Tag Archives: blogging

The First Ever Novel Readings Book Giveaway!

When I put up my last post, I realized that it was #899 – making this my 900th post at Novel Readings. That seemed like a milestone that ought to be recognized with something a bit out of the ordinary! But what? As I was musing about options, I remembered that not long ago I had […]

Blogging: Accept No Substitutes!

Some time ago (two years, to be precise — where does the time go?!), I wrote a testy post about some things Leonard Cassuto said about blogging in an online discussion about academic publishing. One of my chief complaints was that he threw “a veil of pragmatism” over “an argument for accepting (even reinforcing) the status […]

Should Graduate Students Blog?

On Thursday I’m speaking to our graduate students’ “professionalization” seminar about academic uses of social media, particularly blogging. I’ve given related talks a few times now, but this is the first time I will have led a session about blogging specifically for an audience of graduate students, for whom some of the issues I typically […]

“Buried Treasure”: Disrupting the Archives

In the article by Robert Cottrell of The Browser that I linked to in my earlier post on blogging and intellectual curiosity, there’s a section on the way “we overvalue new writing, almost absurdly so, and we undervalue older writing.” His comments about this really resonated with me. I’m sure I’m not the only blogger […]

Intellectual Curiosity: True Confessions Edition

Even as I wrote my previous post about how disengagement from online discussions strikes me as evidence of a lack of intellectual curiosity, I was nervously aware that in my own ways I too am disengaged and incurious. For example, I almost never attend my department’s weekly colloquium. I used to go faithfully every Friday. My […]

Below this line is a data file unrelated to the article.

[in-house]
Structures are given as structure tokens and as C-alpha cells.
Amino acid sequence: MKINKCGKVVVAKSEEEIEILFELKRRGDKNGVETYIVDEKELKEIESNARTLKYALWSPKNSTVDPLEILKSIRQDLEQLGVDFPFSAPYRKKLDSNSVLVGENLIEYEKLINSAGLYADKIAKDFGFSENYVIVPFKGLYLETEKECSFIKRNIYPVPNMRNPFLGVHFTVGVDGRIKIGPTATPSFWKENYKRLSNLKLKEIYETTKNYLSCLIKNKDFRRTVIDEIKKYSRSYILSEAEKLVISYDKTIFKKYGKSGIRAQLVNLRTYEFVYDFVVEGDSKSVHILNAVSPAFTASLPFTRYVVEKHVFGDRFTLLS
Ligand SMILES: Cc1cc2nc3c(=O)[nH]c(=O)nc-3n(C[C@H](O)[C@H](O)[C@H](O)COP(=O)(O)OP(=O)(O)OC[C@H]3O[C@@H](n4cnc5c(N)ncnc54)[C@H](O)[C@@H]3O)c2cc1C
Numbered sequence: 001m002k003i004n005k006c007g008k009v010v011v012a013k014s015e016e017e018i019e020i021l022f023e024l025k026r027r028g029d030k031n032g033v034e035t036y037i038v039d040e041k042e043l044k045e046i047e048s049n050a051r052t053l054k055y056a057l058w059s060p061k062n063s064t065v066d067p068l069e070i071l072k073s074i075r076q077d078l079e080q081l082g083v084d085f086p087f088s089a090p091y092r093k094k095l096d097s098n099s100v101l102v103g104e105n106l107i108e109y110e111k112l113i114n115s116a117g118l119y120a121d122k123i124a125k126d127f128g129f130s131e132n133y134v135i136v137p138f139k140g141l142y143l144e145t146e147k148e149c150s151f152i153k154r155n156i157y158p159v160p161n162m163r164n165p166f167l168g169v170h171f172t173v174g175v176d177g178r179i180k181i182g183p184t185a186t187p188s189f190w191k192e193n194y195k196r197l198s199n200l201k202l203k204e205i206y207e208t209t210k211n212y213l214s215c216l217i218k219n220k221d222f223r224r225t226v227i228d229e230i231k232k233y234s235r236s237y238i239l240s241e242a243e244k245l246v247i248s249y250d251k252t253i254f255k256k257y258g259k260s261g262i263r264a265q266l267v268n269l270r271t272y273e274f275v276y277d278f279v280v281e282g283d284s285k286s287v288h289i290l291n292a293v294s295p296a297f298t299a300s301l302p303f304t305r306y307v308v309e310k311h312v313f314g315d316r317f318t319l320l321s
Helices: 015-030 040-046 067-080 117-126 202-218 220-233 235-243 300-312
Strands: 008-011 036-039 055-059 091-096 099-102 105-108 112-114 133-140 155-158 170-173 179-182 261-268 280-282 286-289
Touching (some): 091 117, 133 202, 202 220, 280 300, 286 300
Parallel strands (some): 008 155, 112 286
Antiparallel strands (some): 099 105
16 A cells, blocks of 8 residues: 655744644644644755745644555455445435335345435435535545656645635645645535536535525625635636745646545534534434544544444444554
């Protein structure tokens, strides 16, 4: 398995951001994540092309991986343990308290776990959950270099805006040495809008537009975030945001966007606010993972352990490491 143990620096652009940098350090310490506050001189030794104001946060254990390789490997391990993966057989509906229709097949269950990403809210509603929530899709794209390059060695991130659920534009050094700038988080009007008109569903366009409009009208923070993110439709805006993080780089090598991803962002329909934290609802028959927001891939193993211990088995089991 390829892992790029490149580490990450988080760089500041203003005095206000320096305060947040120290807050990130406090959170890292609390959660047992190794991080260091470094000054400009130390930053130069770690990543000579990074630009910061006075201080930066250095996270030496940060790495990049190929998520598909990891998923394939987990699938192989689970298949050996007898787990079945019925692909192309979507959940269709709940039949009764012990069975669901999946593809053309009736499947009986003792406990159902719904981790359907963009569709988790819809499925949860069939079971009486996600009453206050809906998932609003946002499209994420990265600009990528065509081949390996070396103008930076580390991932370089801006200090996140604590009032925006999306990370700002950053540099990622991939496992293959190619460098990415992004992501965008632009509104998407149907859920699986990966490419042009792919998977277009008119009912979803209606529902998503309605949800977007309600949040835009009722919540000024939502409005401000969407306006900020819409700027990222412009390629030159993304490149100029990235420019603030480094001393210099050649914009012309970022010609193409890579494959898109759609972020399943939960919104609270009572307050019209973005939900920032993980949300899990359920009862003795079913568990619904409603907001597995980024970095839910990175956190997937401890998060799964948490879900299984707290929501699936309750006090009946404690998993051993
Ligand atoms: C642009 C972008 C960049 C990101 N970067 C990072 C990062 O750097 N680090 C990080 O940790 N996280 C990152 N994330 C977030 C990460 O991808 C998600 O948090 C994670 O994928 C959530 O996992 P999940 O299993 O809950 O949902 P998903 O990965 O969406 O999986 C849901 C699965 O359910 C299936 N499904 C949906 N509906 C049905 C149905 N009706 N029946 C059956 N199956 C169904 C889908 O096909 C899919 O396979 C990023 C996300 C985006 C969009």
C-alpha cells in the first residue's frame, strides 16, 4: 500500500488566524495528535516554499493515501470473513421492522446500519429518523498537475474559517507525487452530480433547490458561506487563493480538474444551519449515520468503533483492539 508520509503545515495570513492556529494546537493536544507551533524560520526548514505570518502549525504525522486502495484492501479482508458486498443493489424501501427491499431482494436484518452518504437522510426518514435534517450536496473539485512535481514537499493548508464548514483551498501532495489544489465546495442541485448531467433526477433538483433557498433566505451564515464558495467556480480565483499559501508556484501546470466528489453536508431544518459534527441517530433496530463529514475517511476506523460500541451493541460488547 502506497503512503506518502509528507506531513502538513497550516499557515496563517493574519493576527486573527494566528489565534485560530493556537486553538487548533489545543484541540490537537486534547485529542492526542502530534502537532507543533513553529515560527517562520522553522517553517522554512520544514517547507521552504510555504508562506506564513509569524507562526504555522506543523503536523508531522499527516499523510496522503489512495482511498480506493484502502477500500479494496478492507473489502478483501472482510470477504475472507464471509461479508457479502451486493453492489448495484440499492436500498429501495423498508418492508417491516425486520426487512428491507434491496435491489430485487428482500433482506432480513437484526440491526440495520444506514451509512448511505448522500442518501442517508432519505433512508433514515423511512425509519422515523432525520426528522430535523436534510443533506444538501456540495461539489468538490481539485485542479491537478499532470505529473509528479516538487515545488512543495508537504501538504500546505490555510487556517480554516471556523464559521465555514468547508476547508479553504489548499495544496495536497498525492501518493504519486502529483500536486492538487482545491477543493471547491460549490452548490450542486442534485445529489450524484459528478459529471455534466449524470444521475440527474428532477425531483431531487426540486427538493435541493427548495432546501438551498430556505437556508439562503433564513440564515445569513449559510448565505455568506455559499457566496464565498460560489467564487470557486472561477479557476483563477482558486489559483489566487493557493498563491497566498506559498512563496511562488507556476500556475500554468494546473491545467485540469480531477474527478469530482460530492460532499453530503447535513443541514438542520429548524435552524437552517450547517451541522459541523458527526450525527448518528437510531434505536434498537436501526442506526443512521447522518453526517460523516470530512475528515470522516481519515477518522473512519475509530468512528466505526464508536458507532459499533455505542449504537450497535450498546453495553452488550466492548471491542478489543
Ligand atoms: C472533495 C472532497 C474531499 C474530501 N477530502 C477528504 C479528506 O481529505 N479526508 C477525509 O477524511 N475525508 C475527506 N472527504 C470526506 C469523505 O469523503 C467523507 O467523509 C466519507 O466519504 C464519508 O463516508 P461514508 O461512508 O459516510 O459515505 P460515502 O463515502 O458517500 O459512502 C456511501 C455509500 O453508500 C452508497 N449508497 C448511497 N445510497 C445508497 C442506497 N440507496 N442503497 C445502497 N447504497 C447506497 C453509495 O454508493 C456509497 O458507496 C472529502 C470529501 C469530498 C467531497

Blogging and Intellectual Curiosity

Inger Mewburn, a.k.a. the Thesis Whisperer, has an interesting post up at PhD2Published about academics and social media in which she asks a question that I have often wondered about too: While I can understand not writing a blog (sort of) I really can’t understand people who don’t read blogs, take part in Twitter or […]

“Who shall tell what may be the effect of writing?”: On Audiences and Serendipity

Who shall tell what may be the effect of writing? (Middlemarch, Ch. XLI) One of the things I always emphasize to my students is the importance of considering your audience when you are writing. Knowing your intended audience settles a lot of questions about tone as well as style and content: formal or informal, colloquial […]

2012: My Year in Writing

I began my annual look back at 2012 with my small contribution to the Open Letters year-end feature. I’ll follow up soon with my regular survey of highs and lows from my reading and blogging year. But this year I thought I’d also take a moment to review the writing I’ve done this year for venues besides Novel […]

Blogging is Detrimental to Literature? Make Him Stop Saying That!

Just when you thought maybe, just maybe, the worst was over when it came to casually dismissive generalizations about blogging–you know, of the kind that used to get us all riled up way back in 2008, and that still irked us in 2010–we get this, from the editor of the TLS: The rise of blogging […]

The Worth of Our Work (with Some Thoughts on Jonah Lehrer)

Alas, alas! This hurts most, this . . that, after all, we are paid The worth of our work, perhaps. – Elizabeth Barrett Browning, Aurora Leigh The very smart and funny Adam Roberts has decided to put an end to his blog Punkadiddle. Iif you haven’t already had the pleasure, you should check out the archives – […]

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